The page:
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self carefully beyond the borders of civilization; he sees nothing Divine in his mechanical surroundings; he ascends to the stars, or flees to the uttermost parts of the sea, whenever he would illustrate the attributes of the Infinite One. The Bridgewater Treatise on the Adaptation of the External World to Man, is the nearest approach to a formal statement of the subject in hand; but the author discourses of climate, season, soil, grain, and raw material, with reference to the necessities, not the instincts and genius, of man; he beholds Divine wisdom in the rough substance, rather than in the beautiful product. In various books are paragraphs and allusions which more or less vaguely recognize the divine in Art, but nothing, probably, more direct, unless it be a partial exception in Ruskin's " Modern Painters." Art, or some work of art, is frequently called divine, in the classic sense, however, of beautiful only. It is sometimes said, that Art is a part of Nature, and a "higher nature," - words that look towards the shore of thought on which we have set foot. But the truth is not followed in its leadings. It seems to have been assumed that the Great Artist had nothing but a general and indefinite design in the creation of finite artists and artisans, and in the endowment of matter with susceptibilities of reconstruction into endless forms of use and elegance. It appears to have been inferred, that whatever man transforms, by his divinely received wisdom, to other shapes, ceases to be the work of the Almighty, and thenceforth bears less, instead of frequently more, of the impress of His hand.

This prevailing sentiment is manifested in many ways. The stereotyped question of village lyceums, whether "the works of Nature are more wonderful than those of Art," is surrendered, in the end, to the affirmative, the young disputants yielding to an amiable candor, or to an unconscious fear that Dame Nature, like other dames, may somehow punish a seem ing undervaluation of her dignity. Fugitives from the summer disagreeablenesses of towns, and they who are driven forth by fashion, laud the country at the expense of the city, in a threadbare litany of praise, whether or not they have any true sympathy with nature. A mixture of the artificial and natural in wild scenery is always a lucky text for cant sentimentality.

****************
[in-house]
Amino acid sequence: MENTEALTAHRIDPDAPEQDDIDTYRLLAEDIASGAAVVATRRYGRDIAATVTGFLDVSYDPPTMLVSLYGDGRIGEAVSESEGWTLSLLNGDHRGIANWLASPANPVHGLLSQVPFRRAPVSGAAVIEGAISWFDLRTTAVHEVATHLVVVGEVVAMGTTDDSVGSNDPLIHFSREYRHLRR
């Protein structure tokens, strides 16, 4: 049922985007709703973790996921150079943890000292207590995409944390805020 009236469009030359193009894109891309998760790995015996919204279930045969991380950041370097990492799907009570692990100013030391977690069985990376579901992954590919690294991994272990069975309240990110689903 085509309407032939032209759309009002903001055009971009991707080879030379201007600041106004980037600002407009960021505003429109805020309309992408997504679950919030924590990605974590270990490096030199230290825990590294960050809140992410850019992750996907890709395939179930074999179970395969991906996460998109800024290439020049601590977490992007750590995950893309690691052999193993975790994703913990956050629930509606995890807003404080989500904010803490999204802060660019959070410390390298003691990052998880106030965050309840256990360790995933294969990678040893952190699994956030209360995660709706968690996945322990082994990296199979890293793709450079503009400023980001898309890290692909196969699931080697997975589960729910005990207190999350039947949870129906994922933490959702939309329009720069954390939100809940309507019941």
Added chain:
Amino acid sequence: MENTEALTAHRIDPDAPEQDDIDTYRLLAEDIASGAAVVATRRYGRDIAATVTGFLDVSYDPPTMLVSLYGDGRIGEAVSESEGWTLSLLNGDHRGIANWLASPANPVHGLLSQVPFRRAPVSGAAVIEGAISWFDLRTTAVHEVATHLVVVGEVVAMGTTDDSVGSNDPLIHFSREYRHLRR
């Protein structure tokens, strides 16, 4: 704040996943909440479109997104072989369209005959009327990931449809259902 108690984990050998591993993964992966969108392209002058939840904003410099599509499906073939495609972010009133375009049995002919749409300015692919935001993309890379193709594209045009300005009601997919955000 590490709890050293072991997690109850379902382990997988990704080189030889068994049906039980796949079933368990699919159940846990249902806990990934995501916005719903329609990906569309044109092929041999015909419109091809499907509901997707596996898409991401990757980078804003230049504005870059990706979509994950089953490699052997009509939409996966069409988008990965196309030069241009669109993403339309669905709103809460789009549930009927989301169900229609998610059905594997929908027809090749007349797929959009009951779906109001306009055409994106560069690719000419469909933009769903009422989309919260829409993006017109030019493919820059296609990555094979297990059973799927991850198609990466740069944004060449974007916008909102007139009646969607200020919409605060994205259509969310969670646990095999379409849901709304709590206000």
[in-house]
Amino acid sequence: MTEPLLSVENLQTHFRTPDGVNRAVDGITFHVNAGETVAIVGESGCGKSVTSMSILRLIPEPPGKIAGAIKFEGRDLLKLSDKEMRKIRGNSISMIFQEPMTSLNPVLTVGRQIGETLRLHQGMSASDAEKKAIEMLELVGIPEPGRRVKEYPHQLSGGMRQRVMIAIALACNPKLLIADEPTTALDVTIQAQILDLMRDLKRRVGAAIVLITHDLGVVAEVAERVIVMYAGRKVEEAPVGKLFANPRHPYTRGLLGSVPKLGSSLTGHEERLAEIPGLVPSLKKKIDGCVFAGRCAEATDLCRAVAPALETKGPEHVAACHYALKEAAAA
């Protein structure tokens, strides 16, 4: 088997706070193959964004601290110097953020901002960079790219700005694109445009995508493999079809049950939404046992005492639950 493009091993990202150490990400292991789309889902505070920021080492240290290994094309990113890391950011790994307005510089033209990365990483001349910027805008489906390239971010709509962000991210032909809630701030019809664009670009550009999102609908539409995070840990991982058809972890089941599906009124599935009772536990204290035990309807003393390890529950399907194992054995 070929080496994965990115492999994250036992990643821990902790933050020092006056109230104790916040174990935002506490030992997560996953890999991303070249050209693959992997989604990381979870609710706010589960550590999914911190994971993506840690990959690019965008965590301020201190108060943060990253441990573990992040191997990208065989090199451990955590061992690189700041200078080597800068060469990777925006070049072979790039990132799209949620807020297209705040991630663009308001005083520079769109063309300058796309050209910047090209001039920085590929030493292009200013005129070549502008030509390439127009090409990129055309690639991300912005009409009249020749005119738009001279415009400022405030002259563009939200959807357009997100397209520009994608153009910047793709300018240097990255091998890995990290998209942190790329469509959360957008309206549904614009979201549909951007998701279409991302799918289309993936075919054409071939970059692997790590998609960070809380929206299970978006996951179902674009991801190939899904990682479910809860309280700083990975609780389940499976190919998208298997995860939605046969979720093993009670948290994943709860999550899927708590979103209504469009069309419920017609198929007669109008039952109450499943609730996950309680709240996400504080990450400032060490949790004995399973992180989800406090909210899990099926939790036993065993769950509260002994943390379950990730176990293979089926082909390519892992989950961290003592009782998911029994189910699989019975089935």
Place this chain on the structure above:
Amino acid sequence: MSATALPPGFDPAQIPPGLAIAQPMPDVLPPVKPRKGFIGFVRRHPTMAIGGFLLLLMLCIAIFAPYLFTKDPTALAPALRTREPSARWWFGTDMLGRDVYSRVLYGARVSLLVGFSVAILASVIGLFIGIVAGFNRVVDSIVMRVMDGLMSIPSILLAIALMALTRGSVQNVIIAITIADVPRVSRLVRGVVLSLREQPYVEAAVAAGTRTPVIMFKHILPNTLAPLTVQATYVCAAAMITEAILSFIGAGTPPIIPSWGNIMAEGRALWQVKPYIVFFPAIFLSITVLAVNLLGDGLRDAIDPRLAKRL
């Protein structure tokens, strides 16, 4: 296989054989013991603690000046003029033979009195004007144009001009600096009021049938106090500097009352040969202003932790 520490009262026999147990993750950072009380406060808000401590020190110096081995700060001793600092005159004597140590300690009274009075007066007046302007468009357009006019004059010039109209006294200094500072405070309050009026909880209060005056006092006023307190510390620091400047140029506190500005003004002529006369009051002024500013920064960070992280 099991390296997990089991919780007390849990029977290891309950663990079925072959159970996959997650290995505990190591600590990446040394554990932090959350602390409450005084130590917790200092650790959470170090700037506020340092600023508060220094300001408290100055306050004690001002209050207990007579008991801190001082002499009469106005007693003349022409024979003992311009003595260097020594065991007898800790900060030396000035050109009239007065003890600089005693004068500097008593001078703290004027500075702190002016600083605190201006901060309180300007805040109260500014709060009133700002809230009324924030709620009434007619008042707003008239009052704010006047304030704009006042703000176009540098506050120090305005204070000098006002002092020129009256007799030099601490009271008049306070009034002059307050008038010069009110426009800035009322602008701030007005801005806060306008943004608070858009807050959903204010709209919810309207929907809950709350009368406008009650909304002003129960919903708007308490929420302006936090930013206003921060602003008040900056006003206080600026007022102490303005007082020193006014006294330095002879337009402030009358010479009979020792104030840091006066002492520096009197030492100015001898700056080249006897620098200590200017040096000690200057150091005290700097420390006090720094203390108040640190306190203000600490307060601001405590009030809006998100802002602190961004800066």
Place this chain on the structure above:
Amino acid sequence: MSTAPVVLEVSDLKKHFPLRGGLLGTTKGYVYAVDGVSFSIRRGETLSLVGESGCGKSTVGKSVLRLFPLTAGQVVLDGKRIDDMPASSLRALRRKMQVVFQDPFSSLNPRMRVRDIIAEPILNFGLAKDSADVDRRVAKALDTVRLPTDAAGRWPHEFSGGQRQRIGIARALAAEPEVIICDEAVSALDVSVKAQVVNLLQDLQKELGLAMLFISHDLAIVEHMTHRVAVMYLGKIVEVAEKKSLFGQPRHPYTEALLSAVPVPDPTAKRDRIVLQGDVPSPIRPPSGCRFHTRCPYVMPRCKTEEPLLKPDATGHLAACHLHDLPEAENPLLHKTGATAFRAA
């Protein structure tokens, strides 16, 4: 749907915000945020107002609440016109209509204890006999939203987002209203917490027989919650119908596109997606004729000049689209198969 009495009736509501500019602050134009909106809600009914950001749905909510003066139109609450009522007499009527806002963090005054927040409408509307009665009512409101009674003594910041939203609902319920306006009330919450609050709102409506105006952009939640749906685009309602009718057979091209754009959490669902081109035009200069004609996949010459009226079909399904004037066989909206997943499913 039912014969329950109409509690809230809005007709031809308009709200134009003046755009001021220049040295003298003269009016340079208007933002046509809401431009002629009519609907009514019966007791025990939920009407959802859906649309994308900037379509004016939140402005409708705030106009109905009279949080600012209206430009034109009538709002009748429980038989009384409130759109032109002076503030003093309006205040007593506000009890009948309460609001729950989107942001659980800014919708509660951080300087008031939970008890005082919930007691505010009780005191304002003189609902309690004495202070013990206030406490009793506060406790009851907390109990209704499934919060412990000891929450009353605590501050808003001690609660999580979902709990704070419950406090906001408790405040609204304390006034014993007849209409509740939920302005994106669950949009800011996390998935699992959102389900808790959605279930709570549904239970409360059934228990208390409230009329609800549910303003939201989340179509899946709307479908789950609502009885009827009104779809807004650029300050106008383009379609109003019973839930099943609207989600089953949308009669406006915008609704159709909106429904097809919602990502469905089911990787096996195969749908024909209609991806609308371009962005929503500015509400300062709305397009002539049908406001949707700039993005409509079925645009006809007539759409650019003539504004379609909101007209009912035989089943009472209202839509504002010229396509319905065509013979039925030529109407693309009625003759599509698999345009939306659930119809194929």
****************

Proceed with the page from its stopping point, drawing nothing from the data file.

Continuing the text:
The tourist, at Niagara or the Hudson Highlands, wastes himself in echoed lamentations over a scene of grandeur “desecrated" (this is the inevitable word) by the hand of man. Wordsworth, in a string of sonnets, more melancholy than they were intended to be, bemoans the advent of railroads in the North of England. No rhapsodist can tell us too often about the "temple of Nature," with its "dome of sky, and music of winds and waves." The versifier, as a matter of business, deals in sunsets, stars, and dew, and operates in roses and moonlight; - he, or she, is apt to think, with the Arabian critic, that "palm-trees, fountains, and moonlight cannot be introduced too frequently into good poetry." All classes of people accept it as a duty to extol nature, and to disparage art in the comparison, as if it were doing God service. We hear, in prose and verse, of Divine purpose in the eye, the hand, and in the motions and powers of each; but not in the products resulting therefrom. Lessons of creative forethought are drawn from the shell, the honey-comb, the flower, seldom or never from the picture, implement, garment, book, and building. We see something of God's glory in the violet, snow-flake, cataract, and sun; we fail to see it in the instruments which reveal the minute beauty, or use the wonderful power, of these objects. We behold it in the ores, the fire and sand, but are too deaf to hear it in the musical, graceful result brought forth from those formless materials, a heavenly-sounding bell. "On the bells of the horses shall be Holiness to the Lord" inscribed; and it will be, not only in the sense that religion shall consecrate everything, but also that in everything the Most High shall be habitually seen.